December 21, 2012
New monthly e-publication by Office of Early Learning
The Office of Early Learning has launched a monthly, new e-publication to support the early learning initiative. See the December 2012 newsletter here.
Lewes buys land for new public library
The City of Lewes has unanimously approved purchase of a 5.5-acre parcel, which will be the site of the new Lewes Public Library. Mayor and city council, at a Dec. 19 special meeting, approved acquisition of the Thompson property, which lies adjacent to the existing library site. Before the vote, Lewes Mayor Jim Ford gave a detailed report on how the $2.5 million purchase is being financed.
The News Journal
A Royal Frolicking
Students with disabilities display their gifts in ‘The Nutcracker.” After preparing for weeks, students arrived Thursday morning to a standing-room crowd in the Leach School auditorium near New Castle.
Why do academically promising students not choose college?
Students with the academic potential make very different choices about higher education based on the high school they attend, according to a set of analyses. One analysis found that 18% of these students enrolled in less-selective four-year colleges, two-year institutions, or no higher education at all. Moreover, students who chose less-selective colleges were less likely to earn a diploma.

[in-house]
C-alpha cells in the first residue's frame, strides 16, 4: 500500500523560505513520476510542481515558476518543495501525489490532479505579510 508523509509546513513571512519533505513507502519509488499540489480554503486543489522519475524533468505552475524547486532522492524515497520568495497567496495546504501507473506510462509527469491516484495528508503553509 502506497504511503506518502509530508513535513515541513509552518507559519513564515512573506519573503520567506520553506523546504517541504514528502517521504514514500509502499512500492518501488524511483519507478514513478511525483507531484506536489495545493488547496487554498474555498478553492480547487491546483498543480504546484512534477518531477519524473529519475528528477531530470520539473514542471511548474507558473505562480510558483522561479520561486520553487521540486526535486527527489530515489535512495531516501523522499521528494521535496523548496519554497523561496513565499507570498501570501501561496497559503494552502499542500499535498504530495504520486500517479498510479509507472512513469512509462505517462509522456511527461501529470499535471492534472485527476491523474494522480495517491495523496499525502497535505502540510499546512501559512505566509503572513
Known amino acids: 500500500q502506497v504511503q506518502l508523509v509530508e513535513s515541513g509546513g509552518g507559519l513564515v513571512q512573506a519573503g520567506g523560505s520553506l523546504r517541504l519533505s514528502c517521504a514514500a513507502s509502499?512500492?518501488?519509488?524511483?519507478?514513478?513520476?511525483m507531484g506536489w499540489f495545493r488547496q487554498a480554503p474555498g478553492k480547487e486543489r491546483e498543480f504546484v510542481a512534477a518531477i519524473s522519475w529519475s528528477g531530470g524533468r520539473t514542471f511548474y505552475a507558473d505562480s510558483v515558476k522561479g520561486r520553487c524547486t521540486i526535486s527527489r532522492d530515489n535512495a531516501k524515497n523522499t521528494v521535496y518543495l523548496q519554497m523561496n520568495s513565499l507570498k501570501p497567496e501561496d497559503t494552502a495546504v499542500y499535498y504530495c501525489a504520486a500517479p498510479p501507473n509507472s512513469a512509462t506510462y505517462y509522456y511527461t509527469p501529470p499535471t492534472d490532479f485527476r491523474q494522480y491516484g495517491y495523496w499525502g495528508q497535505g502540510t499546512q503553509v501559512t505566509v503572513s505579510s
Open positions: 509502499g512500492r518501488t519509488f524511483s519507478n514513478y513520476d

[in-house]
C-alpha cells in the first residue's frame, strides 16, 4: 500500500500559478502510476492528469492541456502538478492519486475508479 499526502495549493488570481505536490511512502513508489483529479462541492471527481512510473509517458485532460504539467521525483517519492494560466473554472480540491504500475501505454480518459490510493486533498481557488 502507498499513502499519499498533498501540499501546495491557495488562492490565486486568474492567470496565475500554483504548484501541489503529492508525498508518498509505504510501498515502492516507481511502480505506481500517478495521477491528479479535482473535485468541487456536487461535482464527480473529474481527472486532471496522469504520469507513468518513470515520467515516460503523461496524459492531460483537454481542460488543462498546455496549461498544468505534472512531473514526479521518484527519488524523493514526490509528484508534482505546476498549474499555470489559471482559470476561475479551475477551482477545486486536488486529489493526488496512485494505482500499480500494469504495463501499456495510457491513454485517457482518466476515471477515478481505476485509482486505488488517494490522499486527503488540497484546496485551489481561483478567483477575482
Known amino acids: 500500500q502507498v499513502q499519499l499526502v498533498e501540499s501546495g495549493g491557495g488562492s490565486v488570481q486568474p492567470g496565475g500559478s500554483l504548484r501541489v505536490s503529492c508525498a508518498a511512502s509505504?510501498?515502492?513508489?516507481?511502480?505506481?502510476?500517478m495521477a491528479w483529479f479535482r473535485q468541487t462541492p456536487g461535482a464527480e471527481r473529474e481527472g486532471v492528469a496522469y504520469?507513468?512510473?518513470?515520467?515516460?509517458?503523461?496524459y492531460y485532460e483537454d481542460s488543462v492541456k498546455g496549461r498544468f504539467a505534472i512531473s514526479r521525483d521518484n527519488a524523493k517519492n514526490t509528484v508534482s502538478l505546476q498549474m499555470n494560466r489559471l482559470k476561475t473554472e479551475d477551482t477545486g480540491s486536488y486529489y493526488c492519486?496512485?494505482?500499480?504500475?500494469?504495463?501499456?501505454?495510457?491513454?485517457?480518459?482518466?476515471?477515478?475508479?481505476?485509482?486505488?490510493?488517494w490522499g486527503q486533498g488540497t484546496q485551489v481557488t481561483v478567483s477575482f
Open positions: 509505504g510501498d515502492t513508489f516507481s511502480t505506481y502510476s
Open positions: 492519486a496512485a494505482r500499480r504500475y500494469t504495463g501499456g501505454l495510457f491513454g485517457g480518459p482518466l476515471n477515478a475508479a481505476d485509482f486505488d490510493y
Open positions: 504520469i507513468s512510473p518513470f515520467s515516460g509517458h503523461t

Chronicle of Higher Education
Analysis adds to data showing the economic benefits of a college degree
A State Higher Education Executive Officers report offers further evidence of the value of a college degree in terms of future earnings potential. Americans who complete a bachelor’s degree have a median income of $50,360, compared with a median of $29,423 for people with only a high-school diploma. The report provides national and state-level data on the wage premiums associated with degree attainment.
Pew Center on the States
State school funds on trial, again
Overall, ten states have school finance challenges working their way through the courts, and four other states recently wrapped up legal challenges. But school-funding advocates have found that winning a lawsuit doesn’t necessarily improve the quality of education–or even boost funding over the long term, as funding formula changes and budget cuts can eat into court-mandated increases
Related Topics: Higher Education
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